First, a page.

In this part of our Hispanic National Plates series, we are highlighting food from North and Central America. Buen provecho!
Mexico: The national dish is Mole. Mole translates to "sauce" in Nahuatl, a language primarily spoken by the Aztecs. There are different kinds of mole, but the key ingredients are dried chili peppers, grains, spices, and fruits that are turned into a flavorful sauce used in a variety of Mexican dishes. The most popular mole is mole poblano, which has chocolate in the sauce.
Costa Rica: Gallo Pinto is the national dish, which in English translates to "spotted rooster". The dish is fried rice with beans, peppers, spices, and in Costa Rica they like to add Lizano sauce. A fun fact about Gallo Pinto – it is also Nicaragua’s national dish.
El Salvador: Pupusas are the national dish and a staple of El Salvador, originating from the Pipil tribe. A pupusa is a thick corn tortilla that has a variety of fillings that can be put inside. The most popular pupusas are pupusas revueltas, made of various parts of the pig and beans with cheese.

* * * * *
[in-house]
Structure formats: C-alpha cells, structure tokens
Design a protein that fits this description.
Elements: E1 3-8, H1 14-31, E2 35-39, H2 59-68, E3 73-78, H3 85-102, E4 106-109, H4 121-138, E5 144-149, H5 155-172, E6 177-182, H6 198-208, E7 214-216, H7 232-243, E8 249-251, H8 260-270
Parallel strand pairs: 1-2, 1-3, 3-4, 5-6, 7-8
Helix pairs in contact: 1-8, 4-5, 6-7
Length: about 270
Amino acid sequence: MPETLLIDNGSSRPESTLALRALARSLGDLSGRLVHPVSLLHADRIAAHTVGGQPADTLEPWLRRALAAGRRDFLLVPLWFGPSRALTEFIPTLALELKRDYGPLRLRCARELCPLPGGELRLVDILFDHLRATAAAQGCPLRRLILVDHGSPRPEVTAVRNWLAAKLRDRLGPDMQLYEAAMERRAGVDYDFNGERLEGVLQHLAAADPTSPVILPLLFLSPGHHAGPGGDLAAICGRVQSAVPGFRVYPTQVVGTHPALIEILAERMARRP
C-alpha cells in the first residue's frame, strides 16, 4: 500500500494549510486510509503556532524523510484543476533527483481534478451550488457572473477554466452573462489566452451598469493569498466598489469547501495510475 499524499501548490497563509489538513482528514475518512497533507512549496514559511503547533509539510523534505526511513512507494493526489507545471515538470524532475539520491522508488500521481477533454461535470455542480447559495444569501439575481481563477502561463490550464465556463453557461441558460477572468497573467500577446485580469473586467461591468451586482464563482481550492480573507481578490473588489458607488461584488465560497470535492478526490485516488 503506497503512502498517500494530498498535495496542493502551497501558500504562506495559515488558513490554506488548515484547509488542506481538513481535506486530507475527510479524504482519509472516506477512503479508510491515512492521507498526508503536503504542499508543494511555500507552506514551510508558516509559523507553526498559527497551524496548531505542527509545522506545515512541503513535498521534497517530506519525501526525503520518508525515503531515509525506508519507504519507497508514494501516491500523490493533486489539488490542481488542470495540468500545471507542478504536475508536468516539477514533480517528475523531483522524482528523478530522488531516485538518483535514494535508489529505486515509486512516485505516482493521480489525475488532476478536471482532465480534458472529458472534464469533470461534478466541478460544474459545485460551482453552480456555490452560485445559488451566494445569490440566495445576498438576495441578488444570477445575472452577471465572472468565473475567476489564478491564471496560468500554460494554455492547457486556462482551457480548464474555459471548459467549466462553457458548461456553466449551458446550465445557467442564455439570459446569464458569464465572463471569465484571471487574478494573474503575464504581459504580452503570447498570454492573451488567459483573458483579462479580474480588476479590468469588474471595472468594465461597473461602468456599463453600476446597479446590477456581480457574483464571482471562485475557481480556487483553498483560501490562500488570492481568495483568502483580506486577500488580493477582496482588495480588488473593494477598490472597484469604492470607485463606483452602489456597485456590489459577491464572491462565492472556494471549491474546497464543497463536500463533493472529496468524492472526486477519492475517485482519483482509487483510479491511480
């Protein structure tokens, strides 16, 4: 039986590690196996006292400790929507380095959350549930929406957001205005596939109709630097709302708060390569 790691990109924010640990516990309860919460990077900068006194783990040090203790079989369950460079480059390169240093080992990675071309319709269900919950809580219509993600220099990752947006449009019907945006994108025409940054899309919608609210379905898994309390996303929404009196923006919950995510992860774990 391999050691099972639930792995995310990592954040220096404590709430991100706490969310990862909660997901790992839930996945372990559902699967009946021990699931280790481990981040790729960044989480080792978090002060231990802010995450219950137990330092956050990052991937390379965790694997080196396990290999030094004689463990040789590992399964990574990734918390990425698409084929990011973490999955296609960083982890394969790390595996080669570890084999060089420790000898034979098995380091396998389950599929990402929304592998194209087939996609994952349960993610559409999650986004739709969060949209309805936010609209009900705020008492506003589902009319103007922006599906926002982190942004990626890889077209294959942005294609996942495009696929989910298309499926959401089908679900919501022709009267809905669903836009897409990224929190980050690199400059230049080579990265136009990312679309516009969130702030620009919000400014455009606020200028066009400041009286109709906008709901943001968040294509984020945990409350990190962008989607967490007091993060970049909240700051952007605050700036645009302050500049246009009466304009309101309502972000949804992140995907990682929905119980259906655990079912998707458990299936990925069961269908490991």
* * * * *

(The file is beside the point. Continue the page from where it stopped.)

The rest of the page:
Guatemala: Pepián de Pollo is the national dish. Pepián has a similar consistency to Mexican mole, but this dish originates from the Mayans and uses different ingredients. Pepián dates back to the 16 century before the Spaniards colonized Guatemala. Most commonly, the ingredients are chicken with a sauce made of chili peppers, tomatoes, pumpkin seeds and other spices.
Stay tuned for Part 2 of our Hispanic National Plates series to learn more about South American and Caribbean dishes.
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